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Afghan men read ballot papers
Afghan voters will decide on a new president in a turbulent electionImage: AP

What's at stake

August 18, 2009

On August 20, Afghanistan holds its second presidential election since the ousting of the Taliban in 2001. Deutsche Welle answers some of the leading questions surrounding this important vote.


Who is up for election?

The election is for presidential candidates. There will be a separate parliamentary vote in 2010. There are 41 confirmed candidates, of whom the most prominent is incumbent Hamid Karzai. His main competitor is Abdullah Abdullah, previously Afghanistan's foreign minister and a former war hero in the Northern Alliance, who has tried to stylize himself as the Afghan Obama. Many of the other candidates are also former government ministers under Karzai, including ex-Finance Minister Ashraf Ghani Ahmadzai. If no one achieves a 50 percent majority, a run-off election will be held within two weeks.

What are the main issues?

The topics that most concern Afghan voters are poverty, the lack of economic opportunity, security and corruption. Karzai is essentially telling the electorate that Afghanistan is on the right track and that the seldom-reported progress his government has made gets obscured by bad news. One of Abdullah's main focuses is resolving the Taliban insurgency by making peace with all of those willing to lay down their arms. Ghani has been extremely critical of corruption and nepotism within the Karzai government and has proposed a host of initiatives aimed at bettering the economic prospects of ordinary Afghans.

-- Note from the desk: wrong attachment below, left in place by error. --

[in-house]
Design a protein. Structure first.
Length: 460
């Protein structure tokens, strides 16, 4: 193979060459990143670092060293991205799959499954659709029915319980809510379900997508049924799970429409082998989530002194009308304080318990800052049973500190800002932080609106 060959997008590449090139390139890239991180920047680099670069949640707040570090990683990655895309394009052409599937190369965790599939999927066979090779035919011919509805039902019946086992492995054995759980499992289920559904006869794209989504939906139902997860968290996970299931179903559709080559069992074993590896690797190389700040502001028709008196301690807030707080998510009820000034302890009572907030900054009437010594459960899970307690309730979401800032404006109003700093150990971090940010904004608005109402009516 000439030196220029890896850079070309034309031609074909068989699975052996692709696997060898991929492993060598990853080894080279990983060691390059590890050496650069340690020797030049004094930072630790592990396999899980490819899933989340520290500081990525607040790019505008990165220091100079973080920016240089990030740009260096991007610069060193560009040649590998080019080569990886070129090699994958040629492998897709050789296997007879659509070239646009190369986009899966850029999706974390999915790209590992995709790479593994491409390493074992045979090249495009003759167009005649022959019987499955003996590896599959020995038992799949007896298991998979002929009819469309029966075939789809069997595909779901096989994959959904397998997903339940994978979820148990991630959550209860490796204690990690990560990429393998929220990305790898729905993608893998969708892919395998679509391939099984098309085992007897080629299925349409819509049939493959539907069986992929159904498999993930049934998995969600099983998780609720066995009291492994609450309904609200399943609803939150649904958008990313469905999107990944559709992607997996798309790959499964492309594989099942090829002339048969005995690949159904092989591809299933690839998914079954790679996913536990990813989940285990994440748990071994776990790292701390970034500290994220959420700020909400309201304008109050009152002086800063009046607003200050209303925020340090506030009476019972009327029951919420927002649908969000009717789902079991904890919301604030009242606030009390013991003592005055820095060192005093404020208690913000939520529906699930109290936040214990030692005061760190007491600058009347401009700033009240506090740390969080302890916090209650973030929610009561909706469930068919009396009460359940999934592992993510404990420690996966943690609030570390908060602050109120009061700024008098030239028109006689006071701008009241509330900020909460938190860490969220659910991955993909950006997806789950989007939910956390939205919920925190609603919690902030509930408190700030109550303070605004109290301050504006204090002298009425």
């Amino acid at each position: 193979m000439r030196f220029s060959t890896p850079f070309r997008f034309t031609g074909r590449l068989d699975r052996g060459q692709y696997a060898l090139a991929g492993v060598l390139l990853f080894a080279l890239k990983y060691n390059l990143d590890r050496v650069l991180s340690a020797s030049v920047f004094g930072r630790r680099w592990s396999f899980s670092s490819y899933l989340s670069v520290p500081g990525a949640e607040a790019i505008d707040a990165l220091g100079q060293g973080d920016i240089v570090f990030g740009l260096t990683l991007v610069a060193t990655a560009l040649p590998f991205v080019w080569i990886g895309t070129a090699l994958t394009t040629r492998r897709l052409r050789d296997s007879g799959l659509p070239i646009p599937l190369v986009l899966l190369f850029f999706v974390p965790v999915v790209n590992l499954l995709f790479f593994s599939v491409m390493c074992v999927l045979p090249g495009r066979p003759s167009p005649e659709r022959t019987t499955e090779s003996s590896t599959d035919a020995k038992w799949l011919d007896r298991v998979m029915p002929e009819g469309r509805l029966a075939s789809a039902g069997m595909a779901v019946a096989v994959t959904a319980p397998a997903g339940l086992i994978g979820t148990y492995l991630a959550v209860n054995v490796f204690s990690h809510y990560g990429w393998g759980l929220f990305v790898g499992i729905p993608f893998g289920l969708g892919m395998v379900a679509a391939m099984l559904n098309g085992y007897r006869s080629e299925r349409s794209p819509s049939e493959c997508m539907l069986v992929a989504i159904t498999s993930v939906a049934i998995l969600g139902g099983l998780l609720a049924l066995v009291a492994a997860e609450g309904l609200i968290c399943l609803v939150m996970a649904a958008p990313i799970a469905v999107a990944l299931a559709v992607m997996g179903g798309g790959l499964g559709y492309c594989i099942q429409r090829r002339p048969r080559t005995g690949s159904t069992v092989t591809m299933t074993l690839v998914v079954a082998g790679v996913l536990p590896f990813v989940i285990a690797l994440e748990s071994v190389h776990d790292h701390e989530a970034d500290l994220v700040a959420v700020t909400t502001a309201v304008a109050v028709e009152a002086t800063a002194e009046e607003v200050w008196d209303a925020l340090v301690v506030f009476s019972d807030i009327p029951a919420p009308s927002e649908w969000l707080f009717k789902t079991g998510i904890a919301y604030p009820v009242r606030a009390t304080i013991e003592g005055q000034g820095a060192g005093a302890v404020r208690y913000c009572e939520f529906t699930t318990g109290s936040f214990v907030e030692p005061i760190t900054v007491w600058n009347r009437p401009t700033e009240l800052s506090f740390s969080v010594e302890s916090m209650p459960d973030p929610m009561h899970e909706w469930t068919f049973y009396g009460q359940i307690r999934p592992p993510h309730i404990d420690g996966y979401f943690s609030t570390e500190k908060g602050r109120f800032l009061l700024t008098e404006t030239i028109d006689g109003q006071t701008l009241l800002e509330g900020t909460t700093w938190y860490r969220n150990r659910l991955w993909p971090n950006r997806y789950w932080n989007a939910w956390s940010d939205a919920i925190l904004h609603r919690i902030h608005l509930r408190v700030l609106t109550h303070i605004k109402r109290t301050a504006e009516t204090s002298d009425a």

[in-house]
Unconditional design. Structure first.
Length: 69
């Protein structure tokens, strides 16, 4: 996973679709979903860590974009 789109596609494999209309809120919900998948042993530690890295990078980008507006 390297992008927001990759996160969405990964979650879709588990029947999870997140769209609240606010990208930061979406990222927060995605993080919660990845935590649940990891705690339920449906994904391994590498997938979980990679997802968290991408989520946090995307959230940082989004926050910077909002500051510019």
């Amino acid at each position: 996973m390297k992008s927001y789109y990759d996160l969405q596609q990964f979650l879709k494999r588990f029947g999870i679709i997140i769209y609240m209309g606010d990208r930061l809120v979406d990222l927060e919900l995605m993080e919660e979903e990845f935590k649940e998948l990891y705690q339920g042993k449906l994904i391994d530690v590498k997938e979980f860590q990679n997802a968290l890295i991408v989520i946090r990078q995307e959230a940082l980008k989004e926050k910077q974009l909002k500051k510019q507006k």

Who does the West want to win?

Karzai was the darling of the West, and in particular of the United States, when he was appointed Interim President of Afghanistan in 2001. But he has fallen somewhat out of favour since then, with some Western leaders coming to see him as an ineffective and corrupt leader. Both Adbullah and Ghani are respected abroad, and a further candidate who is actually a US citizen, former Afghan Interior Minister Ali Ahmad Jalali, is often said to enjoy strong support in Washington.

How big of a concern is security?

Ahead of Afghanistan's first presidential elections in 2004, there were worries about massive violence, which then failed to materialize. Ahead of August's elections, the Taliban - which has called for Afghans to boycott the poll and has threatened to disrupt the proceedings - has stepped up attacks on Afghan and Western targets. There have been reports that Taliban insurgents are trying to leave their stronghold areas in the south of the country and infiltrate more peaceful reasons. And even if the Taliban don't succeed in launching a series of high-profile attacks with lots of casualties, observers worry that fear of violence may keep many voters, particularly in the south, away form polling stations and thereby undermine the election results.

Author: Jefferson Chase

Editor: Rob Mudge

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